|(In)visible Sons: Exploring the Enactment of Culturally Relevant Pedagogy with African American Adolescent Males|
Keisha McIntosh Allen
Uploaded by: Pocket Masters
Pockets: 2015 (May) Teachers College Columbia University Ed.D. Dissertations, Gottesman Libraries Archive, Historical Dissertations
Tags: Black males
Description/Abstract: This dissertation explores a Black, male teacher's enactment of culturally relevant pedagogy (Ladson-Billings, 1995) with Black, male high school students attending a transfer high school in the Northeast. The academic underachievement of Black male youth points to the ways in which their ways of knowing and being are largely invisible to the predominately White, female teaching force who view and position them as dangerous, dumb, and deviant (Cooper & Jordan, 2003). This research contributes to the development of successful practices for working with and supporting Black male students.
This embedded case study utilizes a critical sociocultural framework (Lewis, Enciso, & Moje, 2007) to elucidate the ways in which Black male youths' social identities are figured within the culturally relevant classroom. Data collection consisted of three semi-structured interviews with the focal teacher; two-three semi-structured interviews with each of the three focal students; a focus group with two of the focal students and three additional Black male students and classroom observations. Data analysis consisted of within-case analysis for each participant, Gilligan (1982) listening method, and open coding of interview transcripts and observation field notes.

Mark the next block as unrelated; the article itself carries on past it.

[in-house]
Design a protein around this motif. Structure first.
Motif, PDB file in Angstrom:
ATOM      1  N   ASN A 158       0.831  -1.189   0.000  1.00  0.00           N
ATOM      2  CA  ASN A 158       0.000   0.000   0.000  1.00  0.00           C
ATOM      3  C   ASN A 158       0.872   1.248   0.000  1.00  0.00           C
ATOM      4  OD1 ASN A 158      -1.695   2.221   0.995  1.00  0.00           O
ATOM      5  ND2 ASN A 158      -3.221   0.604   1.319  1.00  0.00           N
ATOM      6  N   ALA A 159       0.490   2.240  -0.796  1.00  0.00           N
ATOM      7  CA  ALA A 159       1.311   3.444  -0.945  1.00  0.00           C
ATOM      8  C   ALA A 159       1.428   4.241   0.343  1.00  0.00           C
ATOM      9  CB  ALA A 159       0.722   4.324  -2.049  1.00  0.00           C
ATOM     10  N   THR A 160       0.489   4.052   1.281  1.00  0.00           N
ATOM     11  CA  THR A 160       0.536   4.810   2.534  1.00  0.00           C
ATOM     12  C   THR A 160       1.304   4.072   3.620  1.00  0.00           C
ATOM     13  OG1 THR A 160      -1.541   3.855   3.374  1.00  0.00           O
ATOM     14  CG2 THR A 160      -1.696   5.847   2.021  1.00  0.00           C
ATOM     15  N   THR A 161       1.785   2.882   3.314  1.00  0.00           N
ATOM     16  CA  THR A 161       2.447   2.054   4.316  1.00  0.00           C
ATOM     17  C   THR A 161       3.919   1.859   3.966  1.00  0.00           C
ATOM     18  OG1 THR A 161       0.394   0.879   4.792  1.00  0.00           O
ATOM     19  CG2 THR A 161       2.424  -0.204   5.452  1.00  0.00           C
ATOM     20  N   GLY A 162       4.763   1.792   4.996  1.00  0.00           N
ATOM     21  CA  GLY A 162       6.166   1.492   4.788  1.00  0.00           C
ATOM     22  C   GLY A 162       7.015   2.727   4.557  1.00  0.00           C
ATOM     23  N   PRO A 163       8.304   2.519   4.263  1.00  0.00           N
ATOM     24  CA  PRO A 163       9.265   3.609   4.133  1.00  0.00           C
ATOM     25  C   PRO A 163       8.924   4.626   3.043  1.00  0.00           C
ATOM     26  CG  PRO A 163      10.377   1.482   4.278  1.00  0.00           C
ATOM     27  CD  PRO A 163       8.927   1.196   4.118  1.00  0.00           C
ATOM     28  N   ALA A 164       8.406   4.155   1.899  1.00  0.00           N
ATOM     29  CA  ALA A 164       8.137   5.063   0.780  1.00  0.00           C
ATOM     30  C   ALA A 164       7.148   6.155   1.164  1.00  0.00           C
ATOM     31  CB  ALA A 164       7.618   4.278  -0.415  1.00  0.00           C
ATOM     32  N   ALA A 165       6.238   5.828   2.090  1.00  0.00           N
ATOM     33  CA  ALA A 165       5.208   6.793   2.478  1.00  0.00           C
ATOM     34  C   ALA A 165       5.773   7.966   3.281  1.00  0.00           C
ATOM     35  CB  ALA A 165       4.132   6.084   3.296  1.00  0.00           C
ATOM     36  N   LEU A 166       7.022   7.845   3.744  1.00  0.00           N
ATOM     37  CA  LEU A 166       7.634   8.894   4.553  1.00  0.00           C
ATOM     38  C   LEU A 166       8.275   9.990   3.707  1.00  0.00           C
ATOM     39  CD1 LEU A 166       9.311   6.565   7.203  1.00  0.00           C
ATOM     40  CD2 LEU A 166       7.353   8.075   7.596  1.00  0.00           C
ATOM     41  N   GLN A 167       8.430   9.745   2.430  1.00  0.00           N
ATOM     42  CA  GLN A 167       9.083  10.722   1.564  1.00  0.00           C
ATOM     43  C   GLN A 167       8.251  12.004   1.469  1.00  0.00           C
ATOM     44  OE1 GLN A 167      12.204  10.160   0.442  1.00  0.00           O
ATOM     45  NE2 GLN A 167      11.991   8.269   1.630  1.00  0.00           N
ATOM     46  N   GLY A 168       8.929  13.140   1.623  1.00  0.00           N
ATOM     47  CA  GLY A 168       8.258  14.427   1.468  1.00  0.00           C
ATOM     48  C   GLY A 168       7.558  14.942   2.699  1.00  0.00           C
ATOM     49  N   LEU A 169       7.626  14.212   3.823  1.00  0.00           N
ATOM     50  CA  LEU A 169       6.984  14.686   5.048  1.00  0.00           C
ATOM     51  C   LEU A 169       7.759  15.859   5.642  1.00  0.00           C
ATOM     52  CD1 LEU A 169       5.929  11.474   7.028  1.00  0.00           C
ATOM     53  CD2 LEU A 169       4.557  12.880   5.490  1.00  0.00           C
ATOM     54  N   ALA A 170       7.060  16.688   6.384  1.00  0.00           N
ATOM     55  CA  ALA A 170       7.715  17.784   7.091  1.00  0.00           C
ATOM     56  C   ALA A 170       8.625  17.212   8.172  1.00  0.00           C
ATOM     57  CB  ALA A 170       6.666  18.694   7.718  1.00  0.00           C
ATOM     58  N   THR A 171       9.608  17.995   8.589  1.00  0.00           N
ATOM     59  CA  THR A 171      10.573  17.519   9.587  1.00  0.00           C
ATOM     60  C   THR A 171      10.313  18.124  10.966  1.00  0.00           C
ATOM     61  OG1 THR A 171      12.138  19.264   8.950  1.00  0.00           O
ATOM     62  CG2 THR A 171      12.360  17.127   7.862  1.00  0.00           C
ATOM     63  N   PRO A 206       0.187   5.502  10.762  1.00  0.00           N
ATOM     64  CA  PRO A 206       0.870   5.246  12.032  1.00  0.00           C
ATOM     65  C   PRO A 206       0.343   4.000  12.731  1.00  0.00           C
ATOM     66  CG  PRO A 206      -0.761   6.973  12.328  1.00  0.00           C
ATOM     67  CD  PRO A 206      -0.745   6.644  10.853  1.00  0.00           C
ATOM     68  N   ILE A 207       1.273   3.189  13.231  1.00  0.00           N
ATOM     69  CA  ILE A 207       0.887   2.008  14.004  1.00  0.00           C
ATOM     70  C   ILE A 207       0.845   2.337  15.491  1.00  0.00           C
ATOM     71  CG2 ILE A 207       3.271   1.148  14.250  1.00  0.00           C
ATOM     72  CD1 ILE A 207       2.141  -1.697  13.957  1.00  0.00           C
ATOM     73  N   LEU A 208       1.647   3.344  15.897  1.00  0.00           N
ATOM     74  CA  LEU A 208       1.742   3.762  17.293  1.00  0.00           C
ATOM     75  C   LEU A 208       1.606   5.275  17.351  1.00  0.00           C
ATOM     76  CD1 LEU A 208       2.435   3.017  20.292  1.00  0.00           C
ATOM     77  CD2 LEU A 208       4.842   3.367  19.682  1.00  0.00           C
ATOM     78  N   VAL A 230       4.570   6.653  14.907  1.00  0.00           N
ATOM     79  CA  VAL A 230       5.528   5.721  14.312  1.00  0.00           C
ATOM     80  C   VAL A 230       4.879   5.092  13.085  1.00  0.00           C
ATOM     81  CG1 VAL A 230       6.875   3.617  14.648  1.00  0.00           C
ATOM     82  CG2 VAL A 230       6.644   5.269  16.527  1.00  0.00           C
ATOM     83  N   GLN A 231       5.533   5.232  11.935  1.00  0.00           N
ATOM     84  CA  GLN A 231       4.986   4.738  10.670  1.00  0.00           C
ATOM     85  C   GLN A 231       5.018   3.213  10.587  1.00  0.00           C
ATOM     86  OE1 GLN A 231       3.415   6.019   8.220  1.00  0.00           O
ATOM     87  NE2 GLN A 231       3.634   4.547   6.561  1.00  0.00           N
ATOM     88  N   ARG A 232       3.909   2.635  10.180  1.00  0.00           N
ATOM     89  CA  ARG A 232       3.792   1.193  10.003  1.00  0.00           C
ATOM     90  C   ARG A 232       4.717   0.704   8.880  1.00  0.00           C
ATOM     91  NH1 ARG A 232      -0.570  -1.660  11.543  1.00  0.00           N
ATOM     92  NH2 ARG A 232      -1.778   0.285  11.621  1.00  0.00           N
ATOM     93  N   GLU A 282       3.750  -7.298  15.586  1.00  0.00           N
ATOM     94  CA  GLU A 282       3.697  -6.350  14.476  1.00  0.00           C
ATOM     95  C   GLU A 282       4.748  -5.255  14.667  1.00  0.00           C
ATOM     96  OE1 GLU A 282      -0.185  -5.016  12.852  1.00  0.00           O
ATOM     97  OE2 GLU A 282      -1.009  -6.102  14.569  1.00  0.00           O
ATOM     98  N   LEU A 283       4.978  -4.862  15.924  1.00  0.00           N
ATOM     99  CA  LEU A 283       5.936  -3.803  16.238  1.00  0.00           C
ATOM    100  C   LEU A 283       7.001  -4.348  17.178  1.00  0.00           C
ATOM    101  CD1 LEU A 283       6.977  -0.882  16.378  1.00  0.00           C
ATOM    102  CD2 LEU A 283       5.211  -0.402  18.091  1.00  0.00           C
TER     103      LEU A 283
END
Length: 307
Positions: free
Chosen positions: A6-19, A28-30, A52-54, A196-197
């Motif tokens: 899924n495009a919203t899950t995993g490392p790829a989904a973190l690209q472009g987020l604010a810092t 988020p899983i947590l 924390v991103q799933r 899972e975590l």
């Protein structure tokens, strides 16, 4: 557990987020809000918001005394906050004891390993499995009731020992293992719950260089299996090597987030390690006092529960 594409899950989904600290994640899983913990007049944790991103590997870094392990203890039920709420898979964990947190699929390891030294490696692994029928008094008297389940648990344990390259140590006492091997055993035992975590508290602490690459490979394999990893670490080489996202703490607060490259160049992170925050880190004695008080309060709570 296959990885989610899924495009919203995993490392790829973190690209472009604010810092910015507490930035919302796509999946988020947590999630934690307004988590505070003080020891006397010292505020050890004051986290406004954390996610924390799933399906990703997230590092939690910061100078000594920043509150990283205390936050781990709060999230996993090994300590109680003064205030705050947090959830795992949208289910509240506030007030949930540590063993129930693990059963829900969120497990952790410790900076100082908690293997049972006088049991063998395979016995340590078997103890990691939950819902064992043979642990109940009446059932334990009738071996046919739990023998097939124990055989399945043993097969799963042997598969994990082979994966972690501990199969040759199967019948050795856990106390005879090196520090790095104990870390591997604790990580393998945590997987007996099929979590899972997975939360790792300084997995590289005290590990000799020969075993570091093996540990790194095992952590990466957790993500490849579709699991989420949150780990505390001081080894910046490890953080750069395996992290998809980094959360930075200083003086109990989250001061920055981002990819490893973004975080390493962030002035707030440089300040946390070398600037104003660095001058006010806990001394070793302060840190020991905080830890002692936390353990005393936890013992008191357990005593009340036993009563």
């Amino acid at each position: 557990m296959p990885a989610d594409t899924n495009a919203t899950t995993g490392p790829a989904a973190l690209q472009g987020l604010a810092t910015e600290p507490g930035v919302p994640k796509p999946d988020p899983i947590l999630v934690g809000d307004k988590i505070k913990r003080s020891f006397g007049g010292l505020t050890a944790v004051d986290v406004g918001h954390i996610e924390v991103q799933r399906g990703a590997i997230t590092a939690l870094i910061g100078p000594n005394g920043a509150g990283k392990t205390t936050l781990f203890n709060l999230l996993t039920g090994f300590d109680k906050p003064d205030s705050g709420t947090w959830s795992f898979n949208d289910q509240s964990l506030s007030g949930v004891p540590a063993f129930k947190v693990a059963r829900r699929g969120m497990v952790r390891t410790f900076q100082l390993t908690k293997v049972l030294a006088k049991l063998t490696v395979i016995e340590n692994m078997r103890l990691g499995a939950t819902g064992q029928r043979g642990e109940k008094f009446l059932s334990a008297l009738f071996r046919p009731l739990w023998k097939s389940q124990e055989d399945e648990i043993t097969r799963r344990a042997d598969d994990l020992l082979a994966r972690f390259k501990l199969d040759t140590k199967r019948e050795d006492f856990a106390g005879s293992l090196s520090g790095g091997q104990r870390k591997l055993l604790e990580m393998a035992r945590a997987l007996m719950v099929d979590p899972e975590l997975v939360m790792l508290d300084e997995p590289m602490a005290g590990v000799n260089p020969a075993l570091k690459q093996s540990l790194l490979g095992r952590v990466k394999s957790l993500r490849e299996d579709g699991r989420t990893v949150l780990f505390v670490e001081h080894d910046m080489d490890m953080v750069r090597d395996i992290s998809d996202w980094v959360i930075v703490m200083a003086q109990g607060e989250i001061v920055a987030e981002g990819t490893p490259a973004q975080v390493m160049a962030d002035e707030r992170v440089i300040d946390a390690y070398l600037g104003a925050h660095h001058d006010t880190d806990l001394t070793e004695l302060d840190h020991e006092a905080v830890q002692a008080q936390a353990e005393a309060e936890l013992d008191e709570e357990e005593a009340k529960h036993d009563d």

The research revealed that identity resources accessed within the culturally relevant classroom challenged dominant narratives that position Black males as oppositional and disengaged and framed them as race workers who had begun thinking about solutions for problems existing in their communities.
This dissertation utilized narrative methods to examine the identities academically vulnerable Black male students authored among discourses of promise and deficiency. Focal students contended with discourses that conflicted with the identities they were trying enact and were aware that expectations outside of their school conflicted with these identities.
Lastly, this study also argues that the ideologies guiding teachers' enactments of culturally relevant pedagogy determine desired and achieved outcomes. The focal teacher's enactment of CRP was rooted in his philosophy of education for liberation. While the literature has described the challenges and promises of CRP, this study highlights nuances in the ways it is enacted and its subsequent outcomes. This study offers implications for teacher practice, teacher education, policy, and research.